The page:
Yes, teenagers use Facebook. And although whether or not they’ll be using Facebook in a few years remains to be seen, the site does have a considerable presence among high-school students. The Pew Research Center recently examined how teens use social media, finding that they don’t like drama and having their parents connected to them, but they stay on Facebook because it plays a key part in the social experience. However, Facebook’s youngest users tend to have no problem configuring privacy settings.
A Platform for Good, a new online resource from the Family Online Safety Institute aimed at parents, teachers, and teens, launched Wednesday after being initially announced in February, and FOSI member Facebook plugged the launch in a note on the Facebook Safety page.
Everyone has had at least one teacher make a positive difference in their life. Maybe it was a fourth-grade teacher who showed you the way when you were struggling, or a college professor who tied classroom knowledge to real-life applications. By bragging about your favorite teacher, you could win a free course from our parent site, Mediabistro. Even just participating merits a $50 coupon toward a Mediabistro class.
The use of Facebook among teachers and students has made the news quite often of late, usually not in a good way, but Facebook is looking to help change that by teaming up with Edutopia, an initiative created by The George Lucas Educational Foundation, on “How to Create Social Media Guidelines for Your School.”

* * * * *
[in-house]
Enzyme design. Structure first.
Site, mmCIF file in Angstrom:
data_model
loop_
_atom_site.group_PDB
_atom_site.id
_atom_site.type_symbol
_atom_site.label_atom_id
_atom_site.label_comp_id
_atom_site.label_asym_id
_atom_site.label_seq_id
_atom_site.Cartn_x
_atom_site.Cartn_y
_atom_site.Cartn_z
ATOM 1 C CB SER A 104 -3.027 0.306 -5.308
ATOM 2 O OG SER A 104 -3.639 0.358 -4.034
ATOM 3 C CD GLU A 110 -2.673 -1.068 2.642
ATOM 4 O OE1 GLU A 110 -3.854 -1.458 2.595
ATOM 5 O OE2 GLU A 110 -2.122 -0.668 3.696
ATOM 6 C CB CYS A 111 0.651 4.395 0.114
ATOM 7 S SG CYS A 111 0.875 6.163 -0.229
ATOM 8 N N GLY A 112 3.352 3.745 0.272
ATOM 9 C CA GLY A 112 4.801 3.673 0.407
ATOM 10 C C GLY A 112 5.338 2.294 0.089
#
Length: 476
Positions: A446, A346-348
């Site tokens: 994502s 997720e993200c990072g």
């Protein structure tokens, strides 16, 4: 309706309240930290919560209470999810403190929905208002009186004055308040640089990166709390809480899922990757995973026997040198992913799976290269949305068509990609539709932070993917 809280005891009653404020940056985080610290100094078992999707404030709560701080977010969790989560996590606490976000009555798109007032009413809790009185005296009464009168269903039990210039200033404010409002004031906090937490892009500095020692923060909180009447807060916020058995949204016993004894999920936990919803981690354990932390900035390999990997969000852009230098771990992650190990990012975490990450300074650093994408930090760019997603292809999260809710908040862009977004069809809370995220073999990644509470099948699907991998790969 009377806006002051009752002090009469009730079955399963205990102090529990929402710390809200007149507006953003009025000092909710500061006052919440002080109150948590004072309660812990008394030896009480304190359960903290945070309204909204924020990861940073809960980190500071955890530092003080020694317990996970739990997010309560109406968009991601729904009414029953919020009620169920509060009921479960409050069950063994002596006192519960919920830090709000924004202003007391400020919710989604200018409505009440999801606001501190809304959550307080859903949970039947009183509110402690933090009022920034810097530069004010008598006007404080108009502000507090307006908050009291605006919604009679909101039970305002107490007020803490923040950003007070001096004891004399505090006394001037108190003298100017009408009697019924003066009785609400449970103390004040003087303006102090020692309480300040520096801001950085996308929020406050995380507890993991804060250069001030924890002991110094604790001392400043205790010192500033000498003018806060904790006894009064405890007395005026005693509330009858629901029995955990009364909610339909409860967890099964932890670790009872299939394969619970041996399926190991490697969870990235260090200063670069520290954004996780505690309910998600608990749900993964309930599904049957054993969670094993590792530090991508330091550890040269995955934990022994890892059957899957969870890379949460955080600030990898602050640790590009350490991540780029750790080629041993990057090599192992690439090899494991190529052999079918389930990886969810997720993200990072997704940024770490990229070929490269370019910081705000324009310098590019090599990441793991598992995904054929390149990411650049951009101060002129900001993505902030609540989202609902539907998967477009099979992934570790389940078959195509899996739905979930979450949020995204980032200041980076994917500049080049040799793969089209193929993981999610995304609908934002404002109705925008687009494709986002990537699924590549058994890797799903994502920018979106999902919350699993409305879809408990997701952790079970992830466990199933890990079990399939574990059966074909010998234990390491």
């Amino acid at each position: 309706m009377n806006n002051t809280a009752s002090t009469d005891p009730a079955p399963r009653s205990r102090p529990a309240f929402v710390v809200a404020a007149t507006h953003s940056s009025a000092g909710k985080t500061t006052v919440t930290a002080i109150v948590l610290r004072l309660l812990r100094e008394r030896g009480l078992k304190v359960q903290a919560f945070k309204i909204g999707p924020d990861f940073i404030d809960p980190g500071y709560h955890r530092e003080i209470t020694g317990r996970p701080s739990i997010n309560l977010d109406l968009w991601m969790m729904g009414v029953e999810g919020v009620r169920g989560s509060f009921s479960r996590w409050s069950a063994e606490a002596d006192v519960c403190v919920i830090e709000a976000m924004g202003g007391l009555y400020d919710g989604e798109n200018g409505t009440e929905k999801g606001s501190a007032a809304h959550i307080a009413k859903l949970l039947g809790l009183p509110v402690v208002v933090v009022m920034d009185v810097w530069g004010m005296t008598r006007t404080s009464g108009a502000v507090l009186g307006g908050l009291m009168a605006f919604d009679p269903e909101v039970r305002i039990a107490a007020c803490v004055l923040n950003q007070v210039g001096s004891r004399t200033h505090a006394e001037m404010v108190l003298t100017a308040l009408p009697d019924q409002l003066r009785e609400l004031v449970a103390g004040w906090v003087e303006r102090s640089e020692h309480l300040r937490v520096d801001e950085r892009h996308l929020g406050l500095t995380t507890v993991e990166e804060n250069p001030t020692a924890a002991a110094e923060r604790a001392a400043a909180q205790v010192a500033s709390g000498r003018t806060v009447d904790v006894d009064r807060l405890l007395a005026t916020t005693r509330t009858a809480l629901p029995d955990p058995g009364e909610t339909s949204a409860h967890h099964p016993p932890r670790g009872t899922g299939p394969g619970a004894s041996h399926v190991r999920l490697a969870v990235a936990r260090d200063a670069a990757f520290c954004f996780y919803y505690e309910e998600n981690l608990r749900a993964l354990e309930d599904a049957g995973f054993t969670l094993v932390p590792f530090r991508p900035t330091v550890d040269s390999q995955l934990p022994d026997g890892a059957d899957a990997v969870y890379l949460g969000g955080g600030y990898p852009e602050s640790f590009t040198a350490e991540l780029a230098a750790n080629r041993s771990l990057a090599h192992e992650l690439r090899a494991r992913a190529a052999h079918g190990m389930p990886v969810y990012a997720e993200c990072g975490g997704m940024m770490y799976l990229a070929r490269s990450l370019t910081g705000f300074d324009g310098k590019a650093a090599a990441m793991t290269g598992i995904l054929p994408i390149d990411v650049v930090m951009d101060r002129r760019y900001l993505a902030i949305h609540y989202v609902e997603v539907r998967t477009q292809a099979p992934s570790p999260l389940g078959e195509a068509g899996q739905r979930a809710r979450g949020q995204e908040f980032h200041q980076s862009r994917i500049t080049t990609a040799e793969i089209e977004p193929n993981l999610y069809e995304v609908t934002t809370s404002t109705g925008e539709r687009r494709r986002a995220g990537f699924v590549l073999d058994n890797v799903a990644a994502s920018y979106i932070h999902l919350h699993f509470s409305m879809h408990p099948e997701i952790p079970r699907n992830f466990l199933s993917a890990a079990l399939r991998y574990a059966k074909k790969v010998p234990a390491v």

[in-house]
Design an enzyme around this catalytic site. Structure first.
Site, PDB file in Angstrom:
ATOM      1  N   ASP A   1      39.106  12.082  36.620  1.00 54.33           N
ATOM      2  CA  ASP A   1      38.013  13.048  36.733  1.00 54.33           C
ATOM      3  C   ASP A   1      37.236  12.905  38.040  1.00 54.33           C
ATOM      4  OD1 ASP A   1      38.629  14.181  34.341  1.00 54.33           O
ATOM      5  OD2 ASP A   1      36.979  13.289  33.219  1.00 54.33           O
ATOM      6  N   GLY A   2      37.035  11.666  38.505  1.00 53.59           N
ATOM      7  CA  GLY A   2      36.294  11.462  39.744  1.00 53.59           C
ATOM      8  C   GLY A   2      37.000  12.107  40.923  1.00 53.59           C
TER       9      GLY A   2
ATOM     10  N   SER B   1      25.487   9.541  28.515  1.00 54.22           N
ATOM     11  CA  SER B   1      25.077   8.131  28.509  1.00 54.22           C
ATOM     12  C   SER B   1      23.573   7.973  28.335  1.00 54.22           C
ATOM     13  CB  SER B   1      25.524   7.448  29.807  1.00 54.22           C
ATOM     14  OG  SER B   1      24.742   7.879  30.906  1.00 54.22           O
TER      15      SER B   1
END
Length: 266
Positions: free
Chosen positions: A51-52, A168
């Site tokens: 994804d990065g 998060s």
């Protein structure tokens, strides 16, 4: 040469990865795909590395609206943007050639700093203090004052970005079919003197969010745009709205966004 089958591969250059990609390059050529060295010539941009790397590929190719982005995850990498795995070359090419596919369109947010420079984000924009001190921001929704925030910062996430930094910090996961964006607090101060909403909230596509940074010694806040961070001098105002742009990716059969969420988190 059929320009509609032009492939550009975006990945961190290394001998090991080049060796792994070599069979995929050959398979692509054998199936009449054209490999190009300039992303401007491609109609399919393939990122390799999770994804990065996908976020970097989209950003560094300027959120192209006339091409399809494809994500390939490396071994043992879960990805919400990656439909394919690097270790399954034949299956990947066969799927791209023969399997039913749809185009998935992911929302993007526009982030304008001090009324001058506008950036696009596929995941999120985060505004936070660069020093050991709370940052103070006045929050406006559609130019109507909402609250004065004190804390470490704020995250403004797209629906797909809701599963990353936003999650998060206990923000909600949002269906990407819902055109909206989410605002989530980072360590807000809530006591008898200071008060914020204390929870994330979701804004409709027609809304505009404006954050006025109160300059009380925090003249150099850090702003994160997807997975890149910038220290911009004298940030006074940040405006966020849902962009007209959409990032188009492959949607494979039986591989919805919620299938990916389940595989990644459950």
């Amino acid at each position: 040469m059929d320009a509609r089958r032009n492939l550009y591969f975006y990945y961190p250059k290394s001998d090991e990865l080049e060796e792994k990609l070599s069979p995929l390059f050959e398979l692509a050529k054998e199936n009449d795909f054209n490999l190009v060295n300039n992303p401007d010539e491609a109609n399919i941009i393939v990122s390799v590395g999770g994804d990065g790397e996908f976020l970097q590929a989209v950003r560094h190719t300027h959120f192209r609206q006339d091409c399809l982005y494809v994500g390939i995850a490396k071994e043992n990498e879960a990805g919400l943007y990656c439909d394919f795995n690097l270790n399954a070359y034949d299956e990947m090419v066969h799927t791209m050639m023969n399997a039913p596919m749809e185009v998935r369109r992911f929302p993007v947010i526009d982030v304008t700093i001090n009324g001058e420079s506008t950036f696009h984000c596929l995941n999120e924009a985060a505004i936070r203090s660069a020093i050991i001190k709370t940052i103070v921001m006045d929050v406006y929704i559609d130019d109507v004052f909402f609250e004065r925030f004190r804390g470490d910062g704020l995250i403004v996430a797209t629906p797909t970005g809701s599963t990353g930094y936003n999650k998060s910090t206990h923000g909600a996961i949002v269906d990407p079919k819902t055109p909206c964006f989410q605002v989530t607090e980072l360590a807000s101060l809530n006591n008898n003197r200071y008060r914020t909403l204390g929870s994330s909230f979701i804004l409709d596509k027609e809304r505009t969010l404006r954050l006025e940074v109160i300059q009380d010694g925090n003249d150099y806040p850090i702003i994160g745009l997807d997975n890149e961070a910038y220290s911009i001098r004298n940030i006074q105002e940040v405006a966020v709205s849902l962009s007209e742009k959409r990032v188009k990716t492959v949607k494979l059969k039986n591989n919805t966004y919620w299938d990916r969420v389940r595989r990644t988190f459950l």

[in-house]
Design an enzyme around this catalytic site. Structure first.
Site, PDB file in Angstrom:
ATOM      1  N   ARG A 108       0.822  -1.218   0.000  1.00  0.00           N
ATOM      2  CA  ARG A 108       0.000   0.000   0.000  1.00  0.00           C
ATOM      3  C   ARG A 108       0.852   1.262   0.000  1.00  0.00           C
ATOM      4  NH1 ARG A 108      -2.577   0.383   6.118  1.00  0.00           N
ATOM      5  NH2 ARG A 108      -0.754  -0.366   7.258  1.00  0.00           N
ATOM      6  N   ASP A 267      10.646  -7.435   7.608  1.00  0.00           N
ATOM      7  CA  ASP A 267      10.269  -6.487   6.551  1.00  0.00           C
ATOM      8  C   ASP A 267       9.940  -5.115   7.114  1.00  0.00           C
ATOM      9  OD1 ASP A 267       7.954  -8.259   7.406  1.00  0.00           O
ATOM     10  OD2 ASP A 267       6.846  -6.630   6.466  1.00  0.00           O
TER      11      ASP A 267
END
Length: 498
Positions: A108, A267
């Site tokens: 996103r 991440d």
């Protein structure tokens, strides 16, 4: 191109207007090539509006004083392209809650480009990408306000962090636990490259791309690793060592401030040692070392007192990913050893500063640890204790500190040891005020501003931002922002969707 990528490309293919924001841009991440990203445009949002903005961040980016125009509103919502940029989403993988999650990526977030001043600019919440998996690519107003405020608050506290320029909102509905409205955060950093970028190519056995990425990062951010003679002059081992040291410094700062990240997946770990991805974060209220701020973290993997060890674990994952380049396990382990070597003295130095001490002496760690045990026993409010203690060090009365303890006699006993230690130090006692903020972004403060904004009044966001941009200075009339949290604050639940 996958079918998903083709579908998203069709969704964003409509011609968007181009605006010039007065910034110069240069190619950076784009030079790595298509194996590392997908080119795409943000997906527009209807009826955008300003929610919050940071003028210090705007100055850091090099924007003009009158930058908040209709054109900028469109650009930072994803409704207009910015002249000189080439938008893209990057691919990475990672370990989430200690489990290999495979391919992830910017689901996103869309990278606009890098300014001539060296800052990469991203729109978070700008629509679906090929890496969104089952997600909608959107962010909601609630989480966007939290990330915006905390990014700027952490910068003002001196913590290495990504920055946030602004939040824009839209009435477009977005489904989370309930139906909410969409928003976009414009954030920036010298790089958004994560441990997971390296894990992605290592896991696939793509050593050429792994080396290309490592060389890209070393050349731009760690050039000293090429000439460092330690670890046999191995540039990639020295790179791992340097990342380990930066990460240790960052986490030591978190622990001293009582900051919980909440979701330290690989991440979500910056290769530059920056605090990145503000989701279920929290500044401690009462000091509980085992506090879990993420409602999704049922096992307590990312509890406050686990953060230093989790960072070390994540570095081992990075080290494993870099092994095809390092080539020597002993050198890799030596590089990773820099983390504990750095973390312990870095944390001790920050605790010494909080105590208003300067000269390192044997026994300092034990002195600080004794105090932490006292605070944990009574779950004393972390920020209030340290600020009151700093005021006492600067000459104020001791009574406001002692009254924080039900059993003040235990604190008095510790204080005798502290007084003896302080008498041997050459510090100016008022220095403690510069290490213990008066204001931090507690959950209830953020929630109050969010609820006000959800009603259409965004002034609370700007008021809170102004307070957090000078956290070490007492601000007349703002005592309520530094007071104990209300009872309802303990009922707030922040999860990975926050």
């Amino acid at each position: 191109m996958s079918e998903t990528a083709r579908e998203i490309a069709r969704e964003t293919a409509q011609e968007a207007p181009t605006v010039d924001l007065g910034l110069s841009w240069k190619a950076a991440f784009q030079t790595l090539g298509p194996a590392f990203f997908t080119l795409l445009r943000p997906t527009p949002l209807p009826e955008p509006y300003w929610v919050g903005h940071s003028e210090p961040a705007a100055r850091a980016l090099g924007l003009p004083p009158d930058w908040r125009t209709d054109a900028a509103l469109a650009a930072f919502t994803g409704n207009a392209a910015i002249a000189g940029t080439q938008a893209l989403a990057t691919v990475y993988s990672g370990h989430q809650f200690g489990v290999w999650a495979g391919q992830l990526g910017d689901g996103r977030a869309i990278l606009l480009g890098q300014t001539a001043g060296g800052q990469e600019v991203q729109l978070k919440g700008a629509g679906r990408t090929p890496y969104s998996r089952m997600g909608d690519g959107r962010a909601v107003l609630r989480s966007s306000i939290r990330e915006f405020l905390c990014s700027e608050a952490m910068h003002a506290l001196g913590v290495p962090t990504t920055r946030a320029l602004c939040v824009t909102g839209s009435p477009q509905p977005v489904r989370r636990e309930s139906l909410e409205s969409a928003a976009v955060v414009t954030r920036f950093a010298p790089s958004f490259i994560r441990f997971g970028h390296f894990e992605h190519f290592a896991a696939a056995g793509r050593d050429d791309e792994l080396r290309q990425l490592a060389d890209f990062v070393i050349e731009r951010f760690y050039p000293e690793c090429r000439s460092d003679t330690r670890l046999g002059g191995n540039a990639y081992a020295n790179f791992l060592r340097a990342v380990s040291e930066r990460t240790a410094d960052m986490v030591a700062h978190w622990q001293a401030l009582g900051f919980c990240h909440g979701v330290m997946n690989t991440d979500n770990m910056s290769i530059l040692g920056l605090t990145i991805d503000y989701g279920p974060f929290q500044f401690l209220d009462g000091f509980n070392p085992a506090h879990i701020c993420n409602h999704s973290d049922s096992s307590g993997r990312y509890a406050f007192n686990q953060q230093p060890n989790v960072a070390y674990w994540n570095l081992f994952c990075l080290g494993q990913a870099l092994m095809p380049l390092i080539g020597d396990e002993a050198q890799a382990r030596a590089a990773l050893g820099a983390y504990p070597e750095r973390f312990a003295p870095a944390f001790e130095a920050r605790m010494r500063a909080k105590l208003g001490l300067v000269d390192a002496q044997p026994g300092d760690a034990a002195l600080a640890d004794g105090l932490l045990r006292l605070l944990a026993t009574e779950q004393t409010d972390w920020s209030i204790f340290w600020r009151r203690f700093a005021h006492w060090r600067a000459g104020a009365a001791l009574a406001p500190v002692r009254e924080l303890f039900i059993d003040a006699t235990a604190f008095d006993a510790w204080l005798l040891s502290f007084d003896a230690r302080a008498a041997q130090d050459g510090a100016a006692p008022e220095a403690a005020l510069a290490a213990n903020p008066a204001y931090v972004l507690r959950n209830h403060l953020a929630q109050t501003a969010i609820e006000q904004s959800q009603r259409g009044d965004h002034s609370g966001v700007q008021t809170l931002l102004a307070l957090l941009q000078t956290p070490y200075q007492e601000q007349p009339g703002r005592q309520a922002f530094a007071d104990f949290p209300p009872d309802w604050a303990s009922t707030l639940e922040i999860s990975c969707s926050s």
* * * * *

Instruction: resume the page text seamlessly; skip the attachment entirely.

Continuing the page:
New guidelines were released by the New York City Department of Education that define how teachers can and cannot use Facebook and other social networks.
Facebook teaches students something their teachers don’t really appreciate: freedom of speech, which the U.S. protects in the First Amendment to the Constitution.
Perhaps teachers ought to use Facebook only to stay in touch with friends and family, not students.
Here are some back-to-school tips for parents and teachers on Facebook.
On August 28 a new law will come into effect that might put the kaboosh on any exclusive or private social media site conversations between students and their teachers in Missouri, and the latter aren’t exactly thrilled about it.
Ontario’s public teachers must maintain professional distance from their students, which includes declining Facebook friend requests.